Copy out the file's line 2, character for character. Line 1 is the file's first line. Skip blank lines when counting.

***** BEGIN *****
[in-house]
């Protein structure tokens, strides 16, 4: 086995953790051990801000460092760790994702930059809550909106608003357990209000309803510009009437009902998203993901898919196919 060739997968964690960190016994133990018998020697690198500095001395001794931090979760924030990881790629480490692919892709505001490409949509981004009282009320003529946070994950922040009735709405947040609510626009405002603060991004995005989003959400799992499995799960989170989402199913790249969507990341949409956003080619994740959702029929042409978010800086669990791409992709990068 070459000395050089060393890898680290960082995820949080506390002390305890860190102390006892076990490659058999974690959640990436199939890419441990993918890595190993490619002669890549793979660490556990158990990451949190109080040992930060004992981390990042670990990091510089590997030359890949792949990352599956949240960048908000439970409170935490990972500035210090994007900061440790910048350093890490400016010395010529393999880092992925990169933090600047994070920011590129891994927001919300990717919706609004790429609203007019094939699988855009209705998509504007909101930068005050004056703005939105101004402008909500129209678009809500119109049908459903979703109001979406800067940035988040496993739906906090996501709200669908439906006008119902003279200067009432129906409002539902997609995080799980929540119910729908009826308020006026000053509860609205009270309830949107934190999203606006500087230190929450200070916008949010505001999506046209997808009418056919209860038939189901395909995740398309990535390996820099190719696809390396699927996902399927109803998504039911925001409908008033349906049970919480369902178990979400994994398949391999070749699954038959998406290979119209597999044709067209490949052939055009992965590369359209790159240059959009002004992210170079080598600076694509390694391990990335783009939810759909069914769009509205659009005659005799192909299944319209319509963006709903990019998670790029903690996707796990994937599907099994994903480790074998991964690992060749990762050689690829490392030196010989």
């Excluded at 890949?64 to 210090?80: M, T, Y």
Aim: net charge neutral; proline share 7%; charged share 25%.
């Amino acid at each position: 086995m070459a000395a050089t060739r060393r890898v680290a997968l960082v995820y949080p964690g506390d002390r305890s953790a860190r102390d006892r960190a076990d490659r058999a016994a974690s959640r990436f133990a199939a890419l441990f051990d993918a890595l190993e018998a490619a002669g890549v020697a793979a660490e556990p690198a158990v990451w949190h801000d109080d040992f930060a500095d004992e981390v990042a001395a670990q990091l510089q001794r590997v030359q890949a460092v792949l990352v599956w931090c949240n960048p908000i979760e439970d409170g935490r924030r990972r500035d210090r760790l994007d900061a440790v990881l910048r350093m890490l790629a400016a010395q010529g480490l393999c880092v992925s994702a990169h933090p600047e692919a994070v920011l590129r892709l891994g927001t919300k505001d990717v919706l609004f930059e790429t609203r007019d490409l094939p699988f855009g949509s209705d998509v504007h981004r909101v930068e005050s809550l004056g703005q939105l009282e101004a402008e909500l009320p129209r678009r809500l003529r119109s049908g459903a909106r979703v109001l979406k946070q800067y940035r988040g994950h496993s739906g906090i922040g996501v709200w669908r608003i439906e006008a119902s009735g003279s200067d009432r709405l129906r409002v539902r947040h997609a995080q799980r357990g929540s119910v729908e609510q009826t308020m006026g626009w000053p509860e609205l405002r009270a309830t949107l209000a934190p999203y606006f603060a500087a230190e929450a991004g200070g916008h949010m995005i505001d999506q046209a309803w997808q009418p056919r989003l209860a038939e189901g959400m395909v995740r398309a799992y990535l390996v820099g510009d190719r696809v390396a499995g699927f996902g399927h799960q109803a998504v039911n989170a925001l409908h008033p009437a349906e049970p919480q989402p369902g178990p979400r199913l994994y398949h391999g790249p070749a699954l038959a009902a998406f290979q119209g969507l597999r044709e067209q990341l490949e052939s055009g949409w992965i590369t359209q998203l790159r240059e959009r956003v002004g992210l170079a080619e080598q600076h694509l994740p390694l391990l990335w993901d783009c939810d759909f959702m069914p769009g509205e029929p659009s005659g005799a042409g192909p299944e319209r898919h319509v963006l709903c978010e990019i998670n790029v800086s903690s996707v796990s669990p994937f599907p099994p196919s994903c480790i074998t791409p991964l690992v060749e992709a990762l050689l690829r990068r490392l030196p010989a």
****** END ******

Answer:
């Protein structure tokens, strides 16, 4: 086995953790051990801000460092760790994702930059809550909106608003357990209000309803510009009437009902998203993901898919196919 060739997968964690960190016994133990018998020697690198500095001395001794931090979760924030990881790629480490692919892709505001490409949509981004009282009320003529946070994950922040009735709405947040609510626009405002603060991004995005989003959400799992499995799960989170989402199913790249969507990341949409956003080619994740959702029929042409978010800086669990791409992709990068 070459000395050089060393890898680290960082995820949080506390002390305890860190102390006892076990490659058999974690959640990436199939890419441990993918890595190993490619002669890549793979660490556990158990990451949190109080040992930060004992981390990042670990990091510089590997030359890949792949990352599956949240960048908000439970409170935490990972500035210090994007900061440790910048350093890490400016010395010529393999880092992925990169933090600047994070920011590129891994927001919300990717919706609004790429609203007019094939699988855009209705998509504007909101930068005050004056703005939105101004402008909500129209678009809500119109049908459903979703109001979406800067940035988040496993739906906090996501709200669908439906006008119902003279200067009432129906409002539902997609995080799980929540119910729908009826308020006026000053509860609205009270309830949107934190999203606006500087230190929450200070916008949010505001999506046209997808009418056919209860038939189901395909995740398309990535390996820099190719696809390396699927996902399927109803998504039911925001409908008033349906049970919480369902178990979400994994398949391999070749699954038959998406290979119209597999044709067209490949052939055009992965590369359209790159240059959009002004992210170079080598600076694509390694391990990335783009939810759909069914769009509205659009005659005799192909299944319209319509963006709903990019998670790029903690996707796990994937599907099994994903480790074998991964690992060749990762050689690829490392030196010989």